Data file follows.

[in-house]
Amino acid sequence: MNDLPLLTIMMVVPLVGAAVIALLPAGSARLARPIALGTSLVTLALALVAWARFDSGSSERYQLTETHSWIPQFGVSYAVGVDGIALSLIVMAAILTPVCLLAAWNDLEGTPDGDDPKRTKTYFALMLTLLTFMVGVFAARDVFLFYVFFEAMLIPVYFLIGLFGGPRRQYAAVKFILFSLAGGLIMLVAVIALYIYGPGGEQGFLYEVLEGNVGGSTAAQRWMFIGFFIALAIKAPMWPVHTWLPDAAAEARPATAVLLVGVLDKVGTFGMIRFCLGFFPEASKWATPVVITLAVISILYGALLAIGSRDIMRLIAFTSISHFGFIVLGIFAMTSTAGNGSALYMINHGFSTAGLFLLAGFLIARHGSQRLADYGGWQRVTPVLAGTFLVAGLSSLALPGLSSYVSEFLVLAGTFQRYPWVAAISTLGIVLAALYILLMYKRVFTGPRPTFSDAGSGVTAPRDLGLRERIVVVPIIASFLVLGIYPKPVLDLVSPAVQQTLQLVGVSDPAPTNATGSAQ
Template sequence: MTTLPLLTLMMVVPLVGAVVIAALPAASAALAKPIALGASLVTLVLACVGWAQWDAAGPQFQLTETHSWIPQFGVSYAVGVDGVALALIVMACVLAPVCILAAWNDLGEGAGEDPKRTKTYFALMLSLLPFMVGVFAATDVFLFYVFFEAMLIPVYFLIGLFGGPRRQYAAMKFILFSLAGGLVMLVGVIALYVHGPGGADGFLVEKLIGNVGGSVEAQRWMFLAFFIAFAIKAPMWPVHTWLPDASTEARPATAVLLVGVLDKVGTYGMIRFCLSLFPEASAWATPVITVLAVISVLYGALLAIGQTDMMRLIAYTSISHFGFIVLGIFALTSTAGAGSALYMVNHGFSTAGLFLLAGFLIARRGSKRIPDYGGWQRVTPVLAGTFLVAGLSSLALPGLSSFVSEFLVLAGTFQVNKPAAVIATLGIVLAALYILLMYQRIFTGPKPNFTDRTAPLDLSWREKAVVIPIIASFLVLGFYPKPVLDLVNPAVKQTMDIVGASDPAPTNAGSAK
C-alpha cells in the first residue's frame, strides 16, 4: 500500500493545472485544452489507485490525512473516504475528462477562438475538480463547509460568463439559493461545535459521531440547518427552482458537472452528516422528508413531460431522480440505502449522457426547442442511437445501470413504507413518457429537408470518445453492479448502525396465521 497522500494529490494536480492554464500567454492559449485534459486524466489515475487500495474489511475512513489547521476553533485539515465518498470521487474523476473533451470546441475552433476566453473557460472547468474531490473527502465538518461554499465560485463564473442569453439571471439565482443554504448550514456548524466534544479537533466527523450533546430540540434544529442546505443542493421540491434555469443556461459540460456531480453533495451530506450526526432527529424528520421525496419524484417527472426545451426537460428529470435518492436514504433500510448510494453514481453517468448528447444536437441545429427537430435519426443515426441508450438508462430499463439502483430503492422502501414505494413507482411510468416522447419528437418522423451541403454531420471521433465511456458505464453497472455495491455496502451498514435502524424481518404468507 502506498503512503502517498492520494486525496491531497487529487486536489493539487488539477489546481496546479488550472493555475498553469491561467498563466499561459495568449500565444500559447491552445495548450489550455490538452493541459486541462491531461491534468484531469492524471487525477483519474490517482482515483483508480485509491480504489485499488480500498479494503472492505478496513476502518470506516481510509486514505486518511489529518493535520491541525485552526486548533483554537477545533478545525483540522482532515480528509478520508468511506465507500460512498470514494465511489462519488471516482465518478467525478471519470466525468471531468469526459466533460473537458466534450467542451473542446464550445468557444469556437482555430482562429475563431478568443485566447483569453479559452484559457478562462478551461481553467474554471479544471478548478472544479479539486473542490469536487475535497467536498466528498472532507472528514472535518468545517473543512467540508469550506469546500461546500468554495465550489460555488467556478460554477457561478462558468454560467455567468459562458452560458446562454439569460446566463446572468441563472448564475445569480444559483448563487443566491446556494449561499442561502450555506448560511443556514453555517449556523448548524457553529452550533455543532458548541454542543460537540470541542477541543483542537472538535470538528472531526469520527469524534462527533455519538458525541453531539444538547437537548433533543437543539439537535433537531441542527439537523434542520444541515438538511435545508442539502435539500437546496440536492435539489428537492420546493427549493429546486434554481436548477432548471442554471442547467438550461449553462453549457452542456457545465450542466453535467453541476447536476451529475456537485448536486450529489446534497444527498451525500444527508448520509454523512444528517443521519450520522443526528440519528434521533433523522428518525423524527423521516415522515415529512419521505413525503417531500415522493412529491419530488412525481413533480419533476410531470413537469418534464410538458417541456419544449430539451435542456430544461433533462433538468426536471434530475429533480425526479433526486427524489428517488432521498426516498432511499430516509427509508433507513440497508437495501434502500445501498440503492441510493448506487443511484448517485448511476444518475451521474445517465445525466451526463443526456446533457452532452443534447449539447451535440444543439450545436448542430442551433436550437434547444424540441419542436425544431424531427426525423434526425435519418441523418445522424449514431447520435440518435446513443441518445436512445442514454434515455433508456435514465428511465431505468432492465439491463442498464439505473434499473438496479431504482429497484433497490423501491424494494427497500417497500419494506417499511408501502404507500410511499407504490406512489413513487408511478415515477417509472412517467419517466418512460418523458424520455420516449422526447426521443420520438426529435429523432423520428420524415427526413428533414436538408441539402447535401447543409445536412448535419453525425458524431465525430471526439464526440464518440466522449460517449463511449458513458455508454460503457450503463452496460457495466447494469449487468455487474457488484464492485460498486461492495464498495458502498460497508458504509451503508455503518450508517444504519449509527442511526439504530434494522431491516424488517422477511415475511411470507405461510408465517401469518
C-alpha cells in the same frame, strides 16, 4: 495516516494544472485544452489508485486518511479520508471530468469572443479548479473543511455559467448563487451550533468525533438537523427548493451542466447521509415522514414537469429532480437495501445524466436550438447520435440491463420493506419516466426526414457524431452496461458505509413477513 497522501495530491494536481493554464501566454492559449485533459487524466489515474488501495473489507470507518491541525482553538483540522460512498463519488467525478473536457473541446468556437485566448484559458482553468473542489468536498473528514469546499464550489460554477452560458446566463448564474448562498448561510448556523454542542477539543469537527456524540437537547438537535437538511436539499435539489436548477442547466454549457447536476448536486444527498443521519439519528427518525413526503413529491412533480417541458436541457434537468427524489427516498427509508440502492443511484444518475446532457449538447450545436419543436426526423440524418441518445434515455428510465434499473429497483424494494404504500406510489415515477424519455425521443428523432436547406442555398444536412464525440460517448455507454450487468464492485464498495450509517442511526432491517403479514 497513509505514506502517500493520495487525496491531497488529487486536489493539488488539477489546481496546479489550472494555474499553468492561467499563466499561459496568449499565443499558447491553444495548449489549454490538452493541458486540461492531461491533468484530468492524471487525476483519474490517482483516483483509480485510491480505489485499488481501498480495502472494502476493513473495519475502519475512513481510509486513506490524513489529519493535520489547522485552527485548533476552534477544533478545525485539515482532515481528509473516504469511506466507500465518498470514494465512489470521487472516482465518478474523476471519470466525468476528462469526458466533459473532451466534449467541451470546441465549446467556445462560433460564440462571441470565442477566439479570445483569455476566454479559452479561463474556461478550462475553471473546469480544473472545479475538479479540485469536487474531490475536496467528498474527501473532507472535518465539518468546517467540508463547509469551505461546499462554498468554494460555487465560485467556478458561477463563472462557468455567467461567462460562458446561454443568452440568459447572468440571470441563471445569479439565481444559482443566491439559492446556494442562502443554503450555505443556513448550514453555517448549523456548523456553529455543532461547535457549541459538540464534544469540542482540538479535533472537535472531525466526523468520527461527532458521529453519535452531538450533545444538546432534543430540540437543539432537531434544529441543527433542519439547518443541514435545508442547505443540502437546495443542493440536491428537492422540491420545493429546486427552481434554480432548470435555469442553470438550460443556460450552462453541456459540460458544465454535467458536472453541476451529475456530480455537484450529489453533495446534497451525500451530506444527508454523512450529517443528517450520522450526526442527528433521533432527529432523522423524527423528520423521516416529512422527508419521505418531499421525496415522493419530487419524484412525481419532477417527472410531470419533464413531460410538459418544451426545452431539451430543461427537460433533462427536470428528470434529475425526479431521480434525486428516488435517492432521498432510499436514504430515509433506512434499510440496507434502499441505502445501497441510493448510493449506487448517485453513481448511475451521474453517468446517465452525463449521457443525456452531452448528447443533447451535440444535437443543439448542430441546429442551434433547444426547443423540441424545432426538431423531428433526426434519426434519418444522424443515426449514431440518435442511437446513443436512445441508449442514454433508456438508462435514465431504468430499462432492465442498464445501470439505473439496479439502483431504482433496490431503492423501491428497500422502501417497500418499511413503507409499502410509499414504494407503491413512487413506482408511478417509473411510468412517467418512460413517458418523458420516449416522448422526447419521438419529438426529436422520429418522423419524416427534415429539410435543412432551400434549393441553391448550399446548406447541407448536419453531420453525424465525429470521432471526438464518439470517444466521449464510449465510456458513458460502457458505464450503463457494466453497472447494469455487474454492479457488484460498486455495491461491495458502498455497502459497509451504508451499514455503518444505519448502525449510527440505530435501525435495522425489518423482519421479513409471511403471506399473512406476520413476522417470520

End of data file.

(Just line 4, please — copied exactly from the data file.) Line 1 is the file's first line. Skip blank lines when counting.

C-alpha cells in the first residue's frame, strides 16, 4: 500500500493545472485544452489507485490525512473516504475528462477562438475538480463547509460568463439559493461545535459521531440547518427552482458537472452528516422528508413531460431522480440505502449522457426547442442511437445501470413504507413518457429537408470518445453492479448502525396465521 497522500494529490494536480492554464500567454492559449485534459486524466489515475487500495474489511475512513489547521476553533485539515465518498470521487474523476473533451470546441475552433476566453473557460472547468474531490473527502465538518461554499465560485463564473442569453439571471439565482443554504448550514456548524466534544479537533466527523450533546430540540434544529442546505443542493421540491434555469443556461459540460456531480453533495451530506450526526432527529424528520421525496419524484417527472426545451426537460428529470435518492436514504433500510448510494453514481453517468448528447444536437441545429427537430435519426443515426441508450438508462430499463439502483430503492422502501414505494413507482411510468416522447419528437418522423451541403454531420471521433465511456458505464453497472455495491455496502451498514435502524424481518404468507 502506498503512503502517498492520494486525496491531497487529487486536489493539487488539477489546481496546479488550472493555475498553469491561467498563466499561459495568449500565444500559447491552445495548450489550455490538452493541459486541462491531461491534468484531469492524471487525477483519474490517482482515483483508480485509491480504489485499488480500498479494503472492505478496513476502518470506516481510509486514505486518511489529518493535520491541525485552526486548533483554537477545533478545525483540522482532515480528509478520508468511506465507500460512498470514494465511489462519488471516482465518478467525478471519470466525468471531468469526459466533460473537458466534450467542451473542446464550445468557444469556437482555430482562429475563431478568443485566447483569453479559452484559457478562462478551461481553467474554471479544471478548478472544479479539486473542490469536487475535497467536498466528498472532507472528514472535518468545517473543512467540508469550506469546500461546500468554495465550489460555488467556478460554477457561478462558468454560467455567468459562458452560458446562454439569460446566463446572468441563472448564475445569480444559483448563487443566491446556494449561499442561502450555506448560511443556514453555517449556523448548524457553529452550533455543532458548541454542543460537540470541542477541543483542537472538535470538528472531526469520527469524534462527533455519538458525541453531539444538547437537548433533543437543539439537535433537531441542527439537523434542520444541515438538511435545508442539502435539500437546496440536492435539489428537492420546493427549493429546486434554481436548477432548471442554471442547467438550461449553462453549457452542456457545465450542466453535467453541476447536476451529475456537485448536486450529489446534497444527498451525500444527508448520509454523512444528517443521519450520522443526528440519528434521533433523522428518525423524527423521516415522515415529512419521505413525503417531500415522493412529491419530488412525481413533480419533476410531470413537469418534464410538458417541456419544449430539451435542456430544461433533462433538468426536471434530475429533480425526479433526486427524489428517488432521498426516498432511499430516509427509508433507513440497508437495501434502500445501498440503492441510493448506487443511484448517485448511476444518475451521474445517465445525466451526463443526456446533457452532452443534447449539447451535440444543439450545436448542430442551433436550437434547444424540441419542436425544431424531427426525423434526425435519418441523418445522424449514431447520435440518435446513443441518445436512445442514454434515455433508456435514465428511465431505468432492465439491463442498464439505473434499473438496479431504482429497484433497490423501491424494494427497500417497500419494506417499511408501502404507500410511499407504490406512489413513487408511478415515477417509472412517467419517466418512460418523458424520455420516449422526447426521443420520438426529435429523432423520428420524415427526413428533414436538408441539402447535401447543409445536412448535419453525425458524431465525430471526439464526440464518440466522449460517449463511449458513458455508454460503457450503463452496460457495466447494469449487468455487474457488484464492485460498486461492495464498495458502498460497508458504509451503508455503518450508517444504519449509527442511526439504530434494522431491516424488517422477511415475511411470507405461510408465517401469518